What is perhaps most striking about her discussion of Inessential Solidarity during the interview is her insistence that it is an experiment, something that may or may not “work.” Twice during the interview, in describing her attempts to “figure the unfigurable,” to speak of a pre-ontological rhetoricity and sociality that is the condition of being and that is the basis of solidarity, Davis says: “Maybe it won’t work. We’ll have to see.”
It would be wrong to see this statement as anything other than the hospitality that defines Davis’s approach. This “we’ll have to see” is not about a lack of confidence. Rather, it is about an incertitude that has everything to do with the difficulties of finally and completely understanding. Davis discusses this incertitude when she describes Avital Ronell’s willingness to painstakingly read, and I would suggest that this same description applies to Davis’s work:
A certain understanding is the goal, either way, but Ronell observes that ‘having understood, or thinking one has understood stands precisely on a refusal to read.’ Reading demonstrates that there is no ethical or logical past tense to understanding; guaranteed to shatter prejudgment structures and overwhelm cognition, it offers no comforting end point, no refuge to mastery or payoff of certitude. Reading really takes guts. (The UberReader, “Introduction” xxiv)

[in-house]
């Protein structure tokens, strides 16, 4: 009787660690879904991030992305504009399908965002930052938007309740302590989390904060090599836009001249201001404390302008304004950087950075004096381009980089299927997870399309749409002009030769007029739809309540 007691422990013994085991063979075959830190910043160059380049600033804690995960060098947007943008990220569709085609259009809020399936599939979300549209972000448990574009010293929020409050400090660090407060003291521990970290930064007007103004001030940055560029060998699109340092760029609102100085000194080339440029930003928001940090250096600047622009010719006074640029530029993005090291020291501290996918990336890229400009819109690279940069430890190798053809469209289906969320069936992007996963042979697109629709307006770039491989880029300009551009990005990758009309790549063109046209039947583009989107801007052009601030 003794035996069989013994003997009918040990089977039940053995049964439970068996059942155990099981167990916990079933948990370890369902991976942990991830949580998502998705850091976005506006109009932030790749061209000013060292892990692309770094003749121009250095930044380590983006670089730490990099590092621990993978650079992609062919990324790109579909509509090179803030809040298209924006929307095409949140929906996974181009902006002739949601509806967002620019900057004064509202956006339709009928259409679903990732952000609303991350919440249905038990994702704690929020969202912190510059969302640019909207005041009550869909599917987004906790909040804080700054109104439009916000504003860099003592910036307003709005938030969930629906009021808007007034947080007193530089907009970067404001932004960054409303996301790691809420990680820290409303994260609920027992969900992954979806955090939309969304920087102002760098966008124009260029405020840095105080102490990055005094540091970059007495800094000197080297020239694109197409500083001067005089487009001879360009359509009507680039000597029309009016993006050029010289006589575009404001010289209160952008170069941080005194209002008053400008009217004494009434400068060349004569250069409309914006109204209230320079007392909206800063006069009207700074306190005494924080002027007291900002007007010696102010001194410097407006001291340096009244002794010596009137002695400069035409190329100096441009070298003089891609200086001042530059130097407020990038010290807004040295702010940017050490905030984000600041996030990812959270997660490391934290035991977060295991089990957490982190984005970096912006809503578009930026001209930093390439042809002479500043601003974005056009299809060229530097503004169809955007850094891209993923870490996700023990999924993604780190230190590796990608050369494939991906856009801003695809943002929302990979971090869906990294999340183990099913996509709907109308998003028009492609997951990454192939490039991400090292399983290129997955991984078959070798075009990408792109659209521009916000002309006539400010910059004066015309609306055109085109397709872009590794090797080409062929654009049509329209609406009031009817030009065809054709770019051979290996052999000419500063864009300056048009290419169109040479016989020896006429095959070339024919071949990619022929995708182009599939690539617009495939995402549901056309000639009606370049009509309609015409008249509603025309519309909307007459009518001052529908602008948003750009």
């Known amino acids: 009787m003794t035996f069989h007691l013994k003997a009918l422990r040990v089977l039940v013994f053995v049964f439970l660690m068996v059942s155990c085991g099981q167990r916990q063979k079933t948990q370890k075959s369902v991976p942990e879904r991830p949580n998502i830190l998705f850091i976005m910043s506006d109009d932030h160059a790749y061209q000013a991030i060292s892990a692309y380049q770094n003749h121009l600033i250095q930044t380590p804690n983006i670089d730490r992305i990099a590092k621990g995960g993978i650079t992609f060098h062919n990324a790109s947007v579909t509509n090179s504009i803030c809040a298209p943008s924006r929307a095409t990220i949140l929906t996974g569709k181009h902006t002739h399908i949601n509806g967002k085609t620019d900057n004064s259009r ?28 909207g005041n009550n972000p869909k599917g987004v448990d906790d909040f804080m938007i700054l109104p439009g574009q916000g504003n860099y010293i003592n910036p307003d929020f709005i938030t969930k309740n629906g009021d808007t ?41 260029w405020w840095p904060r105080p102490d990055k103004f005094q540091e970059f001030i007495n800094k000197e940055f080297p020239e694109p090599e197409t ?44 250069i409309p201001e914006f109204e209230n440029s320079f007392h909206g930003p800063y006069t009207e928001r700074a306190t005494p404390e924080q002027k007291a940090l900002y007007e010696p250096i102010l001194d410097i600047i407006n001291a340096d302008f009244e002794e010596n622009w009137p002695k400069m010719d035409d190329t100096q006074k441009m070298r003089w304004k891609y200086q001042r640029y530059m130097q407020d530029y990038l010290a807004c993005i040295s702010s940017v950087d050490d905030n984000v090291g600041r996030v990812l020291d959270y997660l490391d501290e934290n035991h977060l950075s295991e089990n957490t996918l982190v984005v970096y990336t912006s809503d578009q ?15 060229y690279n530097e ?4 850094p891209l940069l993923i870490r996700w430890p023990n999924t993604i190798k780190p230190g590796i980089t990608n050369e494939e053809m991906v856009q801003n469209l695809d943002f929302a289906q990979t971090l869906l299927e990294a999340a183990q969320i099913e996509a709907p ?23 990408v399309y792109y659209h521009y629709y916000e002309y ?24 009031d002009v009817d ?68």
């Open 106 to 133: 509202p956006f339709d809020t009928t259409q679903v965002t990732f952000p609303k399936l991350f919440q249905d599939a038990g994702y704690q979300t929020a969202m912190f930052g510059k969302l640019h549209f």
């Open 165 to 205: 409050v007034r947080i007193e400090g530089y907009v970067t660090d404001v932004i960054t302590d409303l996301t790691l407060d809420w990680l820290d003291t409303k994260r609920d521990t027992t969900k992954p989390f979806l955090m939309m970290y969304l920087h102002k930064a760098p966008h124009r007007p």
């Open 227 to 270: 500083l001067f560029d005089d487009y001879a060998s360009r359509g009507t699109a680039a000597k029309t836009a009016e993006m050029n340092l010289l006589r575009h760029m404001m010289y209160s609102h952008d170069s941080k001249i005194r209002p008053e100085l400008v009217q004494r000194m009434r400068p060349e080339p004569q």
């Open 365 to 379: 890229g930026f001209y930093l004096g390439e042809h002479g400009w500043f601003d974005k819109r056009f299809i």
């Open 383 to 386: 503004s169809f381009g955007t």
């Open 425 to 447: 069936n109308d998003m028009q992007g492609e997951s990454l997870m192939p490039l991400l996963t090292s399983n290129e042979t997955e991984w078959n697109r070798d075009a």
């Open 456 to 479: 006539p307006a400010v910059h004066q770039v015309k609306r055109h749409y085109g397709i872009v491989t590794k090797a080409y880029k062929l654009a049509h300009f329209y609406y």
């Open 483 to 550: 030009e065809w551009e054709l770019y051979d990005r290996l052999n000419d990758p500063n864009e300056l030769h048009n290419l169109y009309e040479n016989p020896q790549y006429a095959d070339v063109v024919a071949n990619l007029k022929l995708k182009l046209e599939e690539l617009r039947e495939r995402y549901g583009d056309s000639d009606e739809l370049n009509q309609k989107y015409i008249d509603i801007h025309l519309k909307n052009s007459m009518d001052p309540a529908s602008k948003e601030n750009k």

The payoff of certitude would suggest that the work is done, but Davis’s approach to the interlocking questions of community and of the other suggests precisely the opposite. Our work is never done, and the danger is that we land on any final understanding. Whether she is exposing the field of rhetoric to refigured notion of community, questioning the anthropocentrism of Levinas and others, or insisting that rhetoric cannot be completely collapsed into hermeneutics, Diane Davis is always hesitant to suggest that she has the answer, that she has understood something that we have all missed. It is this approach that will make Inessential Solidarity and its simultaneously humble and far-reaching mode of questioning such an important contribution to rhetorical studies.